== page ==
• Versatile: With so many varieties available, spekkies are excellent groundcovers, look spectacular in hanging baskets, add a vibe to mixed succulent containers, are super hardy trees, cute bonsais, and are just overall an awesomely easy addition to the garden.  
  • Easy to please: Prune them to shape or let them grow wild, feed them or forget about them, mulch them or munch on them. 

Did you know? Spekboom provides 80% of an elephant’s diet and can live up to 200 years. 

Plant these Portulacaria afra varieties now in well-drained soil with a dash of organic fertiliser available from your GCA Garden Centre.

  • Tom Thumb: a small-leaved, compact variety that makes an excellent bonsai.
  • Longstockings: also small-leaved but with a distinctly vertical growth form.
  • Macrophylla: a giant-leaved variety, very sculptural in the garden or in pots. 
  • Also try: Limpopo (most common), Prostrata, Aurea, Foliis variegate, Medio-picta, Variegata, Tricolor, and Cork Bark.
Tom Thumb
Portulacaria afra Prostrata
Portulacaria afra Medih-picta
Portulacaria afra variegata
Fired-up flowers 
  • Plant Alyssum in garden beds or hanging baskets in full to partial sun. They tolerate dry soil and will flourish with frequent deadheading. Alyssum are ideal as attractive edge borders, framing flower beds, as well as adding vibrancy and texture to window boxes. 
  • Also plant clivias, salvias, begonia ‘Dragon Wings’, verbenas, penstemons, camellias and azaleas for a splash of happy spring colour. 
  • Warm-season bulbs like tuberous begonias, dahlias and amaryllis can also be planted now. For summer bedding colour, include masses of petunias, dianthus, gazanias, and Zantedeschia hybrids. 
  • Perennials to plant with your spring collection include columbines, angel wings (Gaura), Limonium perezi (giant statice), Scabiosa columbaria ‘Butterfly Blue’ (cornflower), and Viola odorata ‘The Czar’ (sweet violet). 
  • Sow bold sunflowers, zinnias, and portulacas to reap the rewards in a few weeks.

In the bloom prune zone: Mayflowers, banksia roses, hibiscus and poinsettia are ready for a snip. Deadhead pansies and violas now too.

Angel wings
Scabiosa columbaria
Edible spring zingers
  • Plant strawberries, asparagus, tomatoes, chillies, peppers, eggplant, lettuce, cabbage, beetroot, spinach and chard.
  • Sow seeds of tomatoes, lettuce, spinach, beans, beetroot, eggplants, carrots, peppers, cucumbers, mealies, pumpkin, dwarf beans, runner beans, maize and sweetcorn.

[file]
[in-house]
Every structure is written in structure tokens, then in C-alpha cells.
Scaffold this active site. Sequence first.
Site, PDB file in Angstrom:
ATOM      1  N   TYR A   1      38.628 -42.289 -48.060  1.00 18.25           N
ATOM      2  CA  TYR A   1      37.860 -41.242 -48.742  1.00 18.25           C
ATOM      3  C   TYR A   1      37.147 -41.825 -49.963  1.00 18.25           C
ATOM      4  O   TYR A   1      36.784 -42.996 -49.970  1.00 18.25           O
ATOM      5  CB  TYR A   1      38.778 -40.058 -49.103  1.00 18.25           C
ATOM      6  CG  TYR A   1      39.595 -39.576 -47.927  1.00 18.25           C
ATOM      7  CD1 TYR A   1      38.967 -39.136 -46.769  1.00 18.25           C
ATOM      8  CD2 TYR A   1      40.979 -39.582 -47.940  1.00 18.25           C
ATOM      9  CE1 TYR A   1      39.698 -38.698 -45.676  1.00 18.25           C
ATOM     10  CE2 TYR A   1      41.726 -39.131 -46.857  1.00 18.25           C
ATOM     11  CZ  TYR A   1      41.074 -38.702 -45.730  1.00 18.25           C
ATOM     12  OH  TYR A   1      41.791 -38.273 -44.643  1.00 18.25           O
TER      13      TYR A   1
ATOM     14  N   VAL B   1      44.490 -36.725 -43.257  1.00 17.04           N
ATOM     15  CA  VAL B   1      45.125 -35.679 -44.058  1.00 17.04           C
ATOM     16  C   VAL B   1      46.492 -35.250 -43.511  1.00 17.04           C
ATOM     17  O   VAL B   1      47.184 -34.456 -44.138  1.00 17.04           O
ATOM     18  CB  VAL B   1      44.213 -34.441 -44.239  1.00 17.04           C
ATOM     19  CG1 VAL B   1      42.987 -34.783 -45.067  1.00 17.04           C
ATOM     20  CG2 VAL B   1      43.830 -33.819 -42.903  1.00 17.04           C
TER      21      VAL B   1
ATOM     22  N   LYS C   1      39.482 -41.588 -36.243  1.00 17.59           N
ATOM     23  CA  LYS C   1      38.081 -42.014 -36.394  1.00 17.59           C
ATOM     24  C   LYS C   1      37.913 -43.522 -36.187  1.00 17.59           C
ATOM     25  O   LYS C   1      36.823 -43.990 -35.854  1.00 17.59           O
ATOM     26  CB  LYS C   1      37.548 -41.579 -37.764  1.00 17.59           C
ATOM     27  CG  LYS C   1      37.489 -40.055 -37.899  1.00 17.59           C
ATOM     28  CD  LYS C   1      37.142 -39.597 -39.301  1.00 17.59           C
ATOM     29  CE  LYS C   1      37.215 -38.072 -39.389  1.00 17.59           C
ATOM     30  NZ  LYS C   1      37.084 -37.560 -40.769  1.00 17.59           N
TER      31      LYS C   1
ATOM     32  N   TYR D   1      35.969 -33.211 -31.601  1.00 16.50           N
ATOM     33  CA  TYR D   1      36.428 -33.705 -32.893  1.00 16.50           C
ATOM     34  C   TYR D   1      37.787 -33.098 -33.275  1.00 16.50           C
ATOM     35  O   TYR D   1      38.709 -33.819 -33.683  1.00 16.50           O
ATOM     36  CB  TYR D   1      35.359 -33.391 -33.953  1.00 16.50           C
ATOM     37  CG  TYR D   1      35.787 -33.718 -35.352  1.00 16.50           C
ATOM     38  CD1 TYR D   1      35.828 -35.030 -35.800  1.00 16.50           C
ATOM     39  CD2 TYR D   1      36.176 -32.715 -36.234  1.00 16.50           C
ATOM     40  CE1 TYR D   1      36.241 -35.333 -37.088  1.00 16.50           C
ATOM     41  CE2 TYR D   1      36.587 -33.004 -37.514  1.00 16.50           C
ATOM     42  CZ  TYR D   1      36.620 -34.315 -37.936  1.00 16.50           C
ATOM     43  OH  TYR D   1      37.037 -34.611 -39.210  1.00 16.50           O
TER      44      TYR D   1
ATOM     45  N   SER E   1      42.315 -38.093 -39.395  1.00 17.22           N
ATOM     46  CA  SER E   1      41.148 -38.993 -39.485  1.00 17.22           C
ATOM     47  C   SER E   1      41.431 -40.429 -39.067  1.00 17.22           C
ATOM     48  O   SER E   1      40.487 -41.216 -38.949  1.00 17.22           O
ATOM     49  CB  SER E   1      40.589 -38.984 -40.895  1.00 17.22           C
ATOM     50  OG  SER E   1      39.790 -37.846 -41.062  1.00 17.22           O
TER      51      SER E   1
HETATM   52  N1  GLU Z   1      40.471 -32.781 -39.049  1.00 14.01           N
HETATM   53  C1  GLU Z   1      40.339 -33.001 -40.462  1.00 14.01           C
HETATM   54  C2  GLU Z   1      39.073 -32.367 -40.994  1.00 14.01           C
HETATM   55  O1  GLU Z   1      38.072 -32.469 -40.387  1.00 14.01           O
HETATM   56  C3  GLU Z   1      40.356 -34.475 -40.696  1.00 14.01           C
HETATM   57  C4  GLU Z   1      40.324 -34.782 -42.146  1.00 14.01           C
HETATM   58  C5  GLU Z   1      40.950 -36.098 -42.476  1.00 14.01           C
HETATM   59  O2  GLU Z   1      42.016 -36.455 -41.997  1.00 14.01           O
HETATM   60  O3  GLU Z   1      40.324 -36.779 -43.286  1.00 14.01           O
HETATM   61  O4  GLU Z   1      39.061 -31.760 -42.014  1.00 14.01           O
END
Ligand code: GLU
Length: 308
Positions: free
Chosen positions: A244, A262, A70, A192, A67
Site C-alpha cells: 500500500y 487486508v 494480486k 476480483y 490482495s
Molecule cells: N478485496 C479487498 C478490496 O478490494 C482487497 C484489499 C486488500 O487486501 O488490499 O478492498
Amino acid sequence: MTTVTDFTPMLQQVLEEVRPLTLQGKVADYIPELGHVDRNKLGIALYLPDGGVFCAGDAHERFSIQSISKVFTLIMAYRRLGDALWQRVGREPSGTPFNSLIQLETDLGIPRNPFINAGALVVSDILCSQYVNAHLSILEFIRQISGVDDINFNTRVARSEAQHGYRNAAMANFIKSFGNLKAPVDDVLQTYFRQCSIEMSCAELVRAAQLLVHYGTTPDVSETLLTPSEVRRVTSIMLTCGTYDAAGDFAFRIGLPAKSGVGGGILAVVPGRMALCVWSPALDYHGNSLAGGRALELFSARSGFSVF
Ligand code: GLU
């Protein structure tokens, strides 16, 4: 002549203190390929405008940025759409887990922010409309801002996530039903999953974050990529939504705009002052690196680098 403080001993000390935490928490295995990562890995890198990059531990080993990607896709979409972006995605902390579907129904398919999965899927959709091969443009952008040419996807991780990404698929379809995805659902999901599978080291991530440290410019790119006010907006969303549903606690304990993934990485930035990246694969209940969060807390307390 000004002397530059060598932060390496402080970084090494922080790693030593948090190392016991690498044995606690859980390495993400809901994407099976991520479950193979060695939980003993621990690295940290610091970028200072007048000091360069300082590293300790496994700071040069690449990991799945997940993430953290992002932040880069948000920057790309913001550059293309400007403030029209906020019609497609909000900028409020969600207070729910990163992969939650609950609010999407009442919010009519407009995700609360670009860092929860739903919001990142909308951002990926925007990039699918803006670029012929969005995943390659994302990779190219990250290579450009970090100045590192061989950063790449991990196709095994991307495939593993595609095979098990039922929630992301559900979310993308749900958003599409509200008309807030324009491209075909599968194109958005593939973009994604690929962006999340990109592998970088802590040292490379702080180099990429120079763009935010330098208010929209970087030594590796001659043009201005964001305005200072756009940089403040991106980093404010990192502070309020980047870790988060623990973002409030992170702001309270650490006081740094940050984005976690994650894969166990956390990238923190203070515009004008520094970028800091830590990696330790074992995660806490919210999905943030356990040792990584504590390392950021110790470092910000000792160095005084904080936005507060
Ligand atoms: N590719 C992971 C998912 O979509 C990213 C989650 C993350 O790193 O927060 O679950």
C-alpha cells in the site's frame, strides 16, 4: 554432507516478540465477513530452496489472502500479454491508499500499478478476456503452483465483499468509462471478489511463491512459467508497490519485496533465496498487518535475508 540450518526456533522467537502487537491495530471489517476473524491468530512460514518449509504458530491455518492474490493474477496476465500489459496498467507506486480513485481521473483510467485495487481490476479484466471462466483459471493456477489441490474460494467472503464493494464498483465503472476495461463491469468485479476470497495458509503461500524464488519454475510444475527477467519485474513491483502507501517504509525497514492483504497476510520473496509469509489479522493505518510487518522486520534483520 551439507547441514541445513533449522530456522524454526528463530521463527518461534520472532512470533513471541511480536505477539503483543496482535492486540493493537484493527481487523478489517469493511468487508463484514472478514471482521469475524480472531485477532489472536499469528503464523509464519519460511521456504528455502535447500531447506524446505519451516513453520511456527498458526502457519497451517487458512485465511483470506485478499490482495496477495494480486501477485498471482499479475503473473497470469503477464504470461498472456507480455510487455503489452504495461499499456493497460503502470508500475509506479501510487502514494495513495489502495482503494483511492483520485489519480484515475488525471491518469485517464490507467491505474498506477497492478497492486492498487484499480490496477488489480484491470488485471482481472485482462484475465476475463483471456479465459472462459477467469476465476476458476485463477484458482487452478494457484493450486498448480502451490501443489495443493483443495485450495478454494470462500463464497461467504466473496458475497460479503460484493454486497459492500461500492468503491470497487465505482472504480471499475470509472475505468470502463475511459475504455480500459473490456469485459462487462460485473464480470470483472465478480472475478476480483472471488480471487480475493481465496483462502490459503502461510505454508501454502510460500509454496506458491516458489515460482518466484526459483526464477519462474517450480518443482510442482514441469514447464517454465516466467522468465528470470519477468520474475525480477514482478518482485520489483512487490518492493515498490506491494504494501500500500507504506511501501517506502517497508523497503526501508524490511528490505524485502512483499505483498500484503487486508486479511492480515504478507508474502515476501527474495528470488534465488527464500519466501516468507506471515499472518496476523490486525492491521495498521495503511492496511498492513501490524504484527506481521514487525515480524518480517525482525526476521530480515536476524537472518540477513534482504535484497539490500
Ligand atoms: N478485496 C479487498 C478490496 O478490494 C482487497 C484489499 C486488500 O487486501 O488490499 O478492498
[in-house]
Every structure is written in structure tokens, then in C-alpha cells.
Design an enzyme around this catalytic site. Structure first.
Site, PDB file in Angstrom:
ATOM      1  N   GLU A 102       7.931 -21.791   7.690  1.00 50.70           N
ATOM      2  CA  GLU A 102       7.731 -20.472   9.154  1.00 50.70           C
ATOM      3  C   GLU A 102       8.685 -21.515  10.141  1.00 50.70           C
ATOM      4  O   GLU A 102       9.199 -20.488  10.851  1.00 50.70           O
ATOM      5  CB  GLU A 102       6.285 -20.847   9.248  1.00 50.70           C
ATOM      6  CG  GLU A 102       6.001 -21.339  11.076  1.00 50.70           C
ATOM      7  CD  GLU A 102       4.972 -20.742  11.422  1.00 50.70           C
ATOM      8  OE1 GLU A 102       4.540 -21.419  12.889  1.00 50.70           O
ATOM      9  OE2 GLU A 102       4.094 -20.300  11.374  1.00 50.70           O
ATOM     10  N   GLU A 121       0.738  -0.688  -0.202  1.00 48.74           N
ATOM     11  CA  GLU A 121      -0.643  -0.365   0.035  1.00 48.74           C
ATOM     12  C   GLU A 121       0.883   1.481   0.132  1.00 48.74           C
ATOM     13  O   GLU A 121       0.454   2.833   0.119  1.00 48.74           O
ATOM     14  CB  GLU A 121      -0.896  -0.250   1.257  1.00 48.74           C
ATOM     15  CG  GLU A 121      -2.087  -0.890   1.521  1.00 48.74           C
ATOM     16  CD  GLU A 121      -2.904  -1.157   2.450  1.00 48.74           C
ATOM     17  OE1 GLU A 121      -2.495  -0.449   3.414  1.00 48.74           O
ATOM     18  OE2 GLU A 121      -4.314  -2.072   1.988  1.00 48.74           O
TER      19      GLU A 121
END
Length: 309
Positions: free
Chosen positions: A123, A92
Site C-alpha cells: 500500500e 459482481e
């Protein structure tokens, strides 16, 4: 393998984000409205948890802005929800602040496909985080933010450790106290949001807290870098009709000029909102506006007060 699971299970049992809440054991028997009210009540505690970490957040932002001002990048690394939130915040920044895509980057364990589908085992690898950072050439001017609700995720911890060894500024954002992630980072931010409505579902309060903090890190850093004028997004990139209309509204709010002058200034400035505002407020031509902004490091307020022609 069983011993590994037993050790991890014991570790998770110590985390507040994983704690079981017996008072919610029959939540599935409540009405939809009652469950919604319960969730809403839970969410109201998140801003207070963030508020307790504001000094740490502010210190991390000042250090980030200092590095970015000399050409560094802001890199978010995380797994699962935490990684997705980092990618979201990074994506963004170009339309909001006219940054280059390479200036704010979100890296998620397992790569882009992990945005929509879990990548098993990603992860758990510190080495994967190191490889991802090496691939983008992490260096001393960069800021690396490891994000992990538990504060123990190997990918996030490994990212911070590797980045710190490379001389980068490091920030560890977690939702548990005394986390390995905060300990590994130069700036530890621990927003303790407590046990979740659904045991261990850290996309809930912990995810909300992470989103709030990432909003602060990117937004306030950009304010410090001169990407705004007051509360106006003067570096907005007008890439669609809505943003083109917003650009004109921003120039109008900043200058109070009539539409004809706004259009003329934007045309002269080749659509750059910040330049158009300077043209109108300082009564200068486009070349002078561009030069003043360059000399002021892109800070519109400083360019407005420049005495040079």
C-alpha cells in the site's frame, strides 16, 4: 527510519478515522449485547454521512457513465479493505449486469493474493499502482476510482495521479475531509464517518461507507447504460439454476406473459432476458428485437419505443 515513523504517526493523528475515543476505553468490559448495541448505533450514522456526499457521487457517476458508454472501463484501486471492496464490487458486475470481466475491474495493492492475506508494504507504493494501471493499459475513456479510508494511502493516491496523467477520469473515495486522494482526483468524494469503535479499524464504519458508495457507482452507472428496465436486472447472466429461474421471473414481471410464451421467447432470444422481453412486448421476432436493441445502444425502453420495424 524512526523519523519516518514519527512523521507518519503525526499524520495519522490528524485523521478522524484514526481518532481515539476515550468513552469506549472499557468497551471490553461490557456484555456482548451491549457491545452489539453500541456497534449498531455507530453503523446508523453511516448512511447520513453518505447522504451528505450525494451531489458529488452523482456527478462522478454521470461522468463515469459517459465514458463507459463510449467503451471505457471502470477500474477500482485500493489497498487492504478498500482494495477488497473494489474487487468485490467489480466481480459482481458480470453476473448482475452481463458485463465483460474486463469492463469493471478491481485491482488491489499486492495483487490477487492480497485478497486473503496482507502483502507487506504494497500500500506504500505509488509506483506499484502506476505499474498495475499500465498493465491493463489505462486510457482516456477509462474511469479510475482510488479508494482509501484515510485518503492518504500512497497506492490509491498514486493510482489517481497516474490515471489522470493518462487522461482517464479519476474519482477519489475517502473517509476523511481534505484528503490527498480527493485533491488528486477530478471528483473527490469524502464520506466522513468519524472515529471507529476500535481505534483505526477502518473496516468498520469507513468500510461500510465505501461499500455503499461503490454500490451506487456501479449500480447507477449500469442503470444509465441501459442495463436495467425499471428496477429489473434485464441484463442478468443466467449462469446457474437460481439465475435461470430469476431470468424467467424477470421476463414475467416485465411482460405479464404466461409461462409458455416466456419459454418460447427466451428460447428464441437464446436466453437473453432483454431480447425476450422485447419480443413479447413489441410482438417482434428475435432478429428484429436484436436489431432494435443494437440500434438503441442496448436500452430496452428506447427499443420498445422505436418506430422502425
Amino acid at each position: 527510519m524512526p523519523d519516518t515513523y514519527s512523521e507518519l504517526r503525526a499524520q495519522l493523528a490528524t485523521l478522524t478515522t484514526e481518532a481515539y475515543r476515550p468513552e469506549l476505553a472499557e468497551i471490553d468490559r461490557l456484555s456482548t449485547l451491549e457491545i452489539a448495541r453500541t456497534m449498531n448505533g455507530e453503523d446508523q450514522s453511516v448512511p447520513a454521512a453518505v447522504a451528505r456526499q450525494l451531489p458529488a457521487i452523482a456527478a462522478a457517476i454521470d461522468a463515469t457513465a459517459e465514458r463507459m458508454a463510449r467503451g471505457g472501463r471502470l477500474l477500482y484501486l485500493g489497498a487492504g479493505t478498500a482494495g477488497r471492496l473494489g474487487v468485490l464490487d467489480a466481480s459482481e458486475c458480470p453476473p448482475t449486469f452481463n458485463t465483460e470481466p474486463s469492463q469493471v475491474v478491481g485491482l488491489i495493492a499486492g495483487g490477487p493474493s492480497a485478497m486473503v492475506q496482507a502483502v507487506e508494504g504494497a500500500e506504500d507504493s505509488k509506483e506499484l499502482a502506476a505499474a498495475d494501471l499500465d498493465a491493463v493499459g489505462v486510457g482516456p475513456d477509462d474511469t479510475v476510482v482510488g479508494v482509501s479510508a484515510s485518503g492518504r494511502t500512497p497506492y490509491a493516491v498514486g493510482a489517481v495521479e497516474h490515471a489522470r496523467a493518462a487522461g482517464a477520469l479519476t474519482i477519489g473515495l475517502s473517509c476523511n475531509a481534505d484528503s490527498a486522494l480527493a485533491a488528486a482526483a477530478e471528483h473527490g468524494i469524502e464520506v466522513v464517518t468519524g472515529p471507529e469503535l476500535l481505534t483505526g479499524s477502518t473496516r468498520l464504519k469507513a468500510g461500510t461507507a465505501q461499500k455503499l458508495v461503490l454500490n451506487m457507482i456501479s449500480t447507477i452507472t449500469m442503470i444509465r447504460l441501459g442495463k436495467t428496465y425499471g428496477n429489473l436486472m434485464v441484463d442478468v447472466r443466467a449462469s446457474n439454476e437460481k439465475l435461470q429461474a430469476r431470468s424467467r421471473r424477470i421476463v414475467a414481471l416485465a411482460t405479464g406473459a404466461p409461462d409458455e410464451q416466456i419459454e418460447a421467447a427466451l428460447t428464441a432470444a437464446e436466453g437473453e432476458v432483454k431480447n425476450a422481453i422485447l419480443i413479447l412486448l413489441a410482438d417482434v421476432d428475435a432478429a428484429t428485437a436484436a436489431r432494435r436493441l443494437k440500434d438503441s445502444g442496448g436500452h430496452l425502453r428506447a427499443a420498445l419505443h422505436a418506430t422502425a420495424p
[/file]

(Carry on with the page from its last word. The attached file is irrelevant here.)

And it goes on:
• Trees to plant are olives and almonds, yummy!
  • Herbs to plant include dill, chervil, origanum, borage, mustard, caraway, coriander, mint, Pennyroyal, rosemary, fennel, basil, anise and summer savoury.

Top tip: Remember to head over to your GCA Garden Centre for organic fertilisers to help you get the most from your greens. Seed packets are the cheapest way to grow your own food and are widely available at nurseries and supermarkets.

Trees for your troubles 

Wildlife-attracting, shade-providing, and spring-blooming trees to plant now are: 

  • Paperbark acacia
  • Fever tree
  • Pom pom tree
  • Forest elder 
  • Cape chestnut
  • Dombeya rotundifolia (wild pear)

Our perfect pick: The indigenous Kiggelaria africana (wild peach) is a showy must-have for the critter-loving gardener. This beauty is drought-tolerant, evergreen, fast-growing, ideal for screening/hedging, costal safe (salt and wind), suitable for containers and small gardens, has minimal waste shedding, and the best part – this tree hosts the Acrea Horta butterfly and several other species too, including some stunning moths. Diederik and Red-chested Cuckoos feast on these caterpillars, keeping the numbers in check and sustaining your garden’s essential food chain. The fruits are not edible but trees will reward your garden with colour, charm, and an abundance of life! 


Paperbark acacia
Get your lawn lush 

Plant new lawn grass seed or grass plugs now. September is the best time for establishing new lawns as conditions give roots the perfect opportunity to settle down before the summer feet come rolling in. Fertilise and begin watering the lawn regularly and fix bare patches with a top-dressing of fine compost or commercial lawn dressing. Your GCA Garden Centre is fully stocked with all your lawn essentials, go check it out. 


Pesky pest alert

Watch out for these nasty guys that are as excited about spring as we are. Charge down to your nursery for eco-friendly pesticides that’ll make quick work of these pesky pests. 

  • Leaf gall on azaleas (small swellings or knobs on the leaves, stems, and flowers).
  • Thrips on gladioli (spottings on flowers and yellow speckled areas on leaves).
  • Citrus psylla on lemons (raised, pocket-like swelling on leaves). 
  • Impatient fungus (yellow-green discolouration of leaves, often curling downwards). 
  • Snails and slugs around newly planted seedlings.
  • Cutworms on the roots and foliage of new growth.


Maintenance incoming